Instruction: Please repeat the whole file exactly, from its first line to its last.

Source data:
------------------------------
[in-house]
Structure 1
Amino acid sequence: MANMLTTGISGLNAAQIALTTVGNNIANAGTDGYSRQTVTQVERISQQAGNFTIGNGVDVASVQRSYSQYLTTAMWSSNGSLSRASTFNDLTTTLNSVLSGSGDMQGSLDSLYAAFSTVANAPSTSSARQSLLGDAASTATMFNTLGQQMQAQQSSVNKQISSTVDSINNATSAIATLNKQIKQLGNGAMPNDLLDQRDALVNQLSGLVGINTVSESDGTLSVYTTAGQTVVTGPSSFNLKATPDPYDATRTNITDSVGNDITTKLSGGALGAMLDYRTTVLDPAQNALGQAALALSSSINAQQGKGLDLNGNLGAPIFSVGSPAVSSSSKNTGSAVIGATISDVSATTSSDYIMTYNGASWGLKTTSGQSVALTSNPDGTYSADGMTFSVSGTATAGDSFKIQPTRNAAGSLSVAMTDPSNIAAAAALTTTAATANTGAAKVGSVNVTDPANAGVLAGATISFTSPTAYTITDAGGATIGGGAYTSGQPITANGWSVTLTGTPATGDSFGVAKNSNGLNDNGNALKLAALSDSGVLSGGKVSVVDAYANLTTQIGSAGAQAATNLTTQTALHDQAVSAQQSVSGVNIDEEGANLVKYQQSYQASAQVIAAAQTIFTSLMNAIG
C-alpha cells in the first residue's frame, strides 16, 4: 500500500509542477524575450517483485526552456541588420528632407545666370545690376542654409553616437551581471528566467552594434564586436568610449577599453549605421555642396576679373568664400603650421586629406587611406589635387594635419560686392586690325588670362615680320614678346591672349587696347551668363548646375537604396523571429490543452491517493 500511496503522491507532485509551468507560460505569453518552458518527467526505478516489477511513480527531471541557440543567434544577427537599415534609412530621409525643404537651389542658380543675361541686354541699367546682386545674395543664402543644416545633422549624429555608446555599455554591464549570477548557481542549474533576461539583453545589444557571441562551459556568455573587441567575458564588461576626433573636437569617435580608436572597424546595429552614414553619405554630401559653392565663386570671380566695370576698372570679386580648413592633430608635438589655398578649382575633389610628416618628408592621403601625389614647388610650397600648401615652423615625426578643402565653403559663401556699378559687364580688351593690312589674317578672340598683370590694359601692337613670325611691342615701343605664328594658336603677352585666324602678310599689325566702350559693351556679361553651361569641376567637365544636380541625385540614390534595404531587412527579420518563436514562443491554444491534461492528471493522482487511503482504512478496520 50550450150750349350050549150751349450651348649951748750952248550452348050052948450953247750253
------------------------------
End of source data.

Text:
[in-house]
Structure 1
Amino acid sequence: MANMLTTGISGLNAAQIALTTVGNNIANAGTDGYSRQTVTQVERISQQAGNFTIGNGVDVASVQRSYSQYLTTAMWSSNGSLSRASTFNDLTTTLNSVLSGSGDMQGSLDSLYAAFSTVANAPSTSSARQSLLGDAASTATMFNTLGQQMQAQQSSVNKQISSTVDSINNATSAIATLNKQIKQLGNGAMPNDLLDQRDALVNQLSGLVGINTVSESDGTLSVYTTAGQTVVTGPSSFNLKATPDPYDATRTNITDSVGNDITTKLSGGALGAMLDYRTTVLDPAQNALGQAALALSSSINAQQGKGLDLNGNLGAPIFSVGSPAVSSSSKNTGSAVIGATISDVSATTSSDYIMTYNGASWGLKTTSGQSVALTSNPDGTYSADGMTFSVSGTATAGDSFKIQPTRNAAGSLSVAMTDPSNIAAAAALTTTAATANTGAAKVGSVNVTDPANAGVLAGATISFTSPTAYTITDAGGATIGGGAYTSGQPITANGWSVTLTGTPATGDSFGVAKNSNGLNDNGNALKLAALSDSGVLSGGKVSVVDAYANLTTQIGSAGAQAATNLTTQTALHDQAVSAQQSVSGVNIDEEGANLVKYQQSYQASAQVIAAAQTIFTSLMNAIG
C-alpha cells in the first residue's frame, strides 16, 4: 500500500509542477524575450517483485526552456541588420528632407545666370545690376542654409553616437551581471528566467552594434564586436568610449577599453549605421555642396576679373568664400603650421586629406587611406589635387594635419560686392586690325588670362615680320614678346591672349587696347551668363548646375537604396523571429490543452491517493 500511496503522491507532485509551468507560460505569453518552458518527467526505478516489477511513480527531471541557440543567434544577427537599415534609412530621409525643404537651389542658380543675361541686354541699367546682386545674395543664402543644416545633422549624429555608446555599455554591464549570477548557481542549474533576461539583453545589444557571441562551459556568455573587441567575458564588461576626433573636437569617435580608436572597424546595429552614414553619405554630401559653392565663386570671380566695370576698372570679386580648413592633430608635438589655398578649382575633389610628416618628408592621403601625389614647388610650397600648401615652423615625426578643402565653403559663401556699378559687364580688351593690312589674317578672340598683370590694359601692337613670325611691342615701343605664328594658336603677352585666324602678310599689325566702350559693351556679361553651361569641376567637365544636380541625385540614390534595404531587412527579420518563436514562443491554444491534461492528471493522482487511503482504512478496520 50550450150750349350050549150751349450651348649951748750952248550452348050052948450953247750253